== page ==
Author: Michal Louč

This year, the fifth annual conference of the Czech Association of Oral History (COHA) was held, this time with the subtitle “Many Faces of Oral History. From Theory and Methodology to Research Practice, Teaching and Popularization.” The conference was held on 15th and 16th February 2017 in Brno, in cooperation with the Department of Educational Sciences at the Faculty of Arts of the Masaryk University, the Ethnographic Institute of the Moravian Museum (MZK) and COHA. The scholarly part of the conference took place in a pleasant environment of the new building of the Department of Educational Sciences. The conference received a total of 47 contributions; owing to six participants from Slovakia and one participant from the USA, the conference received an international dimension.

Wednesday morning was dedicated to the opening ceremony and a series of appearances of main speakers. A number of major problems were thematized by the opening speech of Radmila Švaříčková Slabáková (Palacký University in Olomouc) Remembering and Emotions: From Memory Studies to Oral History. This was followed by Michael Kilburn’s (Endicott College) contribution which dealt with the topic of Czech underground. Hana Hlôšková (Comenius University in Bratislava) then discussed the relationship between oral history and folklore studies. This part of conference was concluded by a contribution of Miroslav Vaněk (Czech Academy of Sciences) Theory and Practice of Oral History: A Retrospection on Fifty Years of Organized Oral History in the World and Twenty Years of Its Existence in the Czech Republic, in which he critically and aptly evaluated the development of the field and the many pitfalls he faces. Among other things, he problematized the popular opinion that the development of oral history is essentially connected to the development of democracy, pointing to its massive development in countries such as the People’s Republic of China or Kazakhstan. As a major problem he sees the ideological and instrumental conceptions of history, which in his opinion goes completely against the method and meaning of oral history.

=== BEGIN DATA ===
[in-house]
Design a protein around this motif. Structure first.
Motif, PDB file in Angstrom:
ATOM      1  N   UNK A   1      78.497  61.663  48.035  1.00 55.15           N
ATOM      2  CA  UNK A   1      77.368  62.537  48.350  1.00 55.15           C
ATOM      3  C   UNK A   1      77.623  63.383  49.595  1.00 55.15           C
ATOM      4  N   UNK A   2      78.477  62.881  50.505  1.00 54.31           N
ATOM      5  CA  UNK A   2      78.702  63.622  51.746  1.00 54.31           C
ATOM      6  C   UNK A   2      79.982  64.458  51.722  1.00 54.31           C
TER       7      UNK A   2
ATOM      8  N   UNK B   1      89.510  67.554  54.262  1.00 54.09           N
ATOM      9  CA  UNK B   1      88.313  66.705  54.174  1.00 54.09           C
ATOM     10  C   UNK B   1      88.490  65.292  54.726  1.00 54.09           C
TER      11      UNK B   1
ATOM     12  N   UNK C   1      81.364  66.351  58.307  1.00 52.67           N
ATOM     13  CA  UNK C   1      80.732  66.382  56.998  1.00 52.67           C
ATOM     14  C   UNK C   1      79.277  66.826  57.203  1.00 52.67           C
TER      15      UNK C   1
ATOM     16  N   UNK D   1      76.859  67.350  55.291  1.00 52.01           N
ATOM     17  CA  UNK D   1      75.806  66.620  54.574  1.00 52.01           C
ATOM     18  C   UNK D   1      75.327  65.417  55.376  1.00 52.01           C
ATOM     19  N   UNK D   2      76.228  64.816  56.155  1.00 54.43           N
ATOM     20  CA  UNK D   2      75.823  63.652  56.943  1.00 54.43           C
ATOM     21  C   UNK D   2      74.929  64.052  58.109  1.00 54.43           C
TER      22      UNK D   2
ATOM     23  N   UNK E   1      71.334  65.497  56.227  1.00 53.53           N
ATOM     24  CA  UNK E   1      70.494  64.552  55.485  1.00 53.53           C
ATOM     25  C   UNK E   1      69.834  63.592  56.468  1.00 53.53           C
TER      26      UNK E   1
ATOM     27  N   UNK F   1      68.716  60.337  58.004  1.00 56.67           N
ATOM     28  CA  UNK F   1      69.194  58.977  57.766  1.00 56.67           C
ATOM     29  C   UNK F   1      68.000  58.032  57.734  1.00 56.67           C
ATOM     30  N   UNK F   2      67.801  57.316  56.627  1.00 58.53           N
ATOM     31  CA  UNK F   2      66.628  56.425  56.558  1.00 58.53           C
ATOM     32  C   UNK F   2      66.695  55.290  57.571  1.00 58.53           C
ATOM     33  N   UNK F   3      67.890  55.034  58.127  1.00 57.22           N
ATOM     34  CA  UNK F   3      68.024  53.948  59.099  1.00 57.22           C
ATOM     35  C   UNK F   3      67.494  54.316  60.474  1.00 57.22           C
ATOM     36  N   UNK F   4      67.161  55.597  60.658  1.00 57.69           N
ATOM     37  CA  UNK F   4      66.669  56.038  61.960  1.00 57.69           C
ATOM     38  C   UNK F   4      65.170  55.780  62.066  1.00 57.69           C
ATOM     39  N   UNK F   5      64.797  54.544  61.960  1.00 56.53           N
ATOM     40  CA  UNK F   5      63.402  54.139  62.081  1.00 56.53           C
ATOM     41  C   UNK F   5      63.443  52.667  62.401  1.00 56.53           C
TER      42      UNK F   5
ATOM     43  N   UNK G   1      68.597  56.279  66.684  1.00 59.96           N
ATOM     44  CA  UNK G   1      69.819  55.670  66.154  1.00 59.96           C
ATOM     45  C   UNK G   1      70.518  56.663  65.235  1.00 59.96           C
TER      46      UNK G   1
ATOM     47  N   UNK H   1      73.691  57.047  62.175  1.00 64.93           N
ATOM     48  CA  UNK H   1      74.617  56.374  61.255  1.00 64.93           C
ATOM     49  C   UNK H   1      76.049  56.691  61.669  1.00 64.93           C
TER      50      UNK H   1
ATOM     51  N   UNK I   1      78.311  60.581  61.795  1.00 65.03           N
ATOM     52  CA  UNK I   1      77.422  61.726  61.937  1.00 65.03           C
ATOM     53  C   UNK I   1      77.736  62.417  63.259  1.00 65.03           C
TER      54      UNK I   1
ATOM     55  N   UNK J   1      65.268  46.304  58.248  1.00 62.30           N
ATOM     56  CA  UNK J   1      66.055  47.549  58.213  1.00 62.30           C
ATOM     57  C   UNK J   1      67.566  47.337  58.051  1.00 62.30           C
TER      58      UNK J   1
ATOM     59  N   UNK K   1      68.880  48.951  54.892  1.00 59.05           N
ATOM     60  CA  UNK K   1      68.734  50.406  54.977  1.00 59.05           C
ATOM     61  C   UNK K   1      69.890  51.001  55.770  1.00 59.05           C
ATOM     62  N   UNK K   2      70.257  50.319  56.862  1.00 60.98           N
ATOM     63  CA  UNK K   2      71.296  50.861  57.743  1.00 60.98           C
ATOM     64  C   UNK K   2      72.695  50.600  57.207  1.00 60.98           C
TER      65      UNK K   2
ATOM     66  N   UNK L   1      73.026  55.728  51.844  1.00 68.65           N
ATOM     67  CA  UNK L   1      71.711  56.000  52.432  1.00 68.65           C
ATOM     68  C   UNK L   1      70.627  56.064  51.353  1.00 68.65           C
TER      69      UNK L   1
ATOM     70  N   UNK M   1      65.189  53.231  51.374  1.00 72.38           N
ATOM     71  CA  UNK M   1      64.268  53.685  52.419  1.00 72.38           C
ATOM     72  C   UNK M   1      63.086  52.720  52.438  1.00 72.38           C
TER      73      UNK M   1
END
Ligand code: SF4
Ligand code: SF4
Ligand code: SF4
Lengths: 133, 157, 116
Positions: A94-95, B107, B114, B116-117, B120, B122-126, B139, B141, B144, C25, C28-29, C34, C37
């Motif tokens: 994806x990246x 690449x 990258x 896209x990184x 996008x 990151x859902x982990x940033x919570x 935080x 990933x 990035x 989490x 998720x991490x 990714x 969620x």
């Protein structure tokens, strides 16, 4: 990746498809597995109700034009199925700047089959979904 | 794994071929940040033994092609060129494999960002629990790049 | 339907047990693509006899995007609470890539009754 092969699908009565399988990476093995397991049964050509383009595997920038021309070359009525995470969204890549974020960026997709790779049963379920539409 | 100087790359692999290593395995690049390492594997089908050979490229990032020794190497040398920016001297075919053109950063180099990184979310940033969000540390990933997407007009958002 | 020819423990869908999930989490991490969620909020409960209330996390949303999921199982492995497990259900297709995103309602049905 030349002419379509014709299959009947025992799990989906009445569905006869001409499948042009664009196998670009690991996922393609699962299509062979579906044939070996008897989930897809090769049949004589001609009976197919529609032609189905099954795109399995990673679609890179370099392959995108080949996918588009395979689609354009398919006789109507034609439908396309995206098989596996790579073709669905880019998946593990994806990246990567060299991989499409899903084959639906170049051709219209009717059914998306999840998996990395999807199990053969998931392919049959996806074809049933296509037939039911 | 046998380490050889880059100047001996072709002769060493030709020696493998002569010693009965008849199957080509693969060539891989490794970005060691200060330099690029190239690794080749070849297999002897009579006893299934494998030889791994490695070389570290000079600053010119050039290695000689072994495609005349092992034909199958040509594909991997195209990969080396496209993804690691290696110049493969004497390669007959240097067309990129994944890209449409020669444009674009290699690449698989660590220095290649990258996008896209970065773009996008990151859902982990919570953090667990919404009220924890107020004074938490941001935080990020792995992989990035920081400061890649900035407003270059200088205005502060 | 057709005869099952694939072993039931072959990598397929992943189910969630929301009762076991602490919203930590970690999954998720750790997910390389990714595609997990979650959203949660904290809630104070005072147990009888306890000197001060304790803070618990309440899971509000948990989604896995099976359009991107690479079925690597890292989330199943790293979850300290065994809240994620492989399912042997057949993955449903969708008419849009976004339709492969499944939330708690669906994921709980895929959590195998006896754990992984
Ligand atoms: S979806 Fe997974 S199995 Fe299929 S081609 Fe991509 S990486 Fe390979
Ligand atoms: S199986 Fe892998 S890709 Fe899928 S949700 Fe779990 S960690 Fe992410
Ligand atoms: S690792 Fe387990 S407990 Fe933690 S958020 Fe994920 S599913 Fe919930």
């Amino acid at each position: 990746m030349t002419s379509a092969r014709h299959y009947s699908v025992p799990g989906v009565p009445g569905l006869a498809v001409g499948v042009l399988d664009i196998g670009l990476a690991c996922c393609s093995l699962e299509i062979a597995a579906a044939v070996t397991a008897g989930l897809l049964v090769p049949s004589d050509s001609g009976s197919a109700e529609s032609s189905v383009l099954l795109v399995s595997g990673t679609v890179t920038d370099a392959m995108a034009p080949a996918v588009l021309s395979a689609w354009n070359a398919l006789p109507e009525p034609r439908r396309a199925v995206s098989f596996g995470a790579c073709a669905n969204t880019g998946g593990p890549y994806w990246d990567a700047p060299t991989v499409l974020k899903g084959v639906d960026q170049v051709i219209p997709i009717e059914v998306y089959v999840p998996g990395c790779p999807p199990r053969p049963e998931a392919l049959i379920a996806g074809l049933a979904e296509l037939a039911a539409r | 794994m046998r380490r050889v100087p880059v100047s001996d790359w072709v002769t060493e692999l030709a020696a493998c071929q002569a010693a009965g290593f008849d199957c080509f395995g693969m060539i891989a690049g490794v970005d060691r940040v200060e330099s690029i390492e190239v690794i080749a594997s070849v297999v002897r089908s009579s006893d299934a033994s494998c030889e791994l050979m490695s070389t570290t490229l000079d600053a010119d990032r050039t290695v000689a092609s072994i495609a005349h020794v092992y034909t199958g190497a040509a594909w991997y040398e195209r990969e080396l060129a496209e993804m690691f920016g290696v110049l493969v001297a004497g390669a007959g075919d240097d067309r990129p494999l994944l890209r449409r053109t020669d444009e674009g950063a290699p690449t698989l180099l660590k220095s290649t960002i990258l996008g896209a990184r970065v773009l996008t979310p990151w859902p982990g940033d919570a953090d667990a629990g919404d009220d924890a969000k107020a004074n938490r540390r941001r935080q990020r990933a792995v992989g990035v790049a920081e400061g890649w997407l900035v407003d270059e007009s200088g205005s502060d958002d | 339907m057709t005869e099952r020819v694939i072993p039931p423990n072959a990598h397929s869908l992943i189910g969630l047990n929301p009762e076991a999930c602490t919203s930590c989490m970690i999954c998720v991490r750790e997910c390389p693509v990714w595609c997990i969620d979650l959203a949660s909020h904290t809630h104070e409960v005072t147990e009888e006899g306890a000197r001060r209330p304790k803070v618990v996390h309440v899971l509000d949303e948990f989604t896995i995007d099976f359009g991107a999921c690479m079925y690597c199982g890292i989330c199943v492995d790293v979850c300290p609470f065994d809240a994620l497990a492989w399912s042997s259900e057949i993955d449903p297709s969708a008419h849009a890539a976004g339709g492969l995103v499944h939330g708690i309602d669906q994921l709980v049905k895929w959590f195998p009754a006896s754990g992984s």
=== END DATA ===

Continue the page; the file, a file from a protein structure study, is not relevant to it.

Now a few fragments from the parallel section: Jiří Zounek, Michal Šimáně and Dana Knotová (Department of Educational Sciences at the Faculty of Arts of the Masaryk University) presented two papers Stepping on the Thin Ice. Oral History in the Research of Contemporary History of Education and Elementary School Teachers in the Period of Prague Spring and the Beginning of Normalization, in which they summed up the findings from the just-concluded grant project that examined the normalization education through the method of oral history. Pavel Stehlík (Military History Institute) discussed the establishment of the oral history method in the Military History Institute. This year he published his recent research in the book I, a Soldier from Afghanistan: Memories of Czech Veterans (Stehlík: 2017). In her contribution Oral History in a Time-Lapse Perspective: One Hundred Student Revolutions After Twenty Years, Petra Schindler-Wisten (Czech Academy of Sciences) introduced the basis of the latest project of the Center for Oral History. Michal Louč (Institute for the Study of Totalitarian Regimes) presented his popularization project from last year in the speech Oral History and the Jazz Section. Owing to this project, a thematic web page Jazz Section 1971-1988: History, Publishing and Documentation was created (see http://jazz.ustrcr.cz/). He also talked about the history of the Section and about the conflict memoirs of some of the former members and activists. At the end, he shortly introduced his current project which focuses on Czechoslovak prison system in the years 1965 to 1992. In conclusion, it was very positive to find that many different institutions, organizations and researchers are dedicated to oral history and that the range of topics is quite vast. This is undoubtedly a great promise for the future.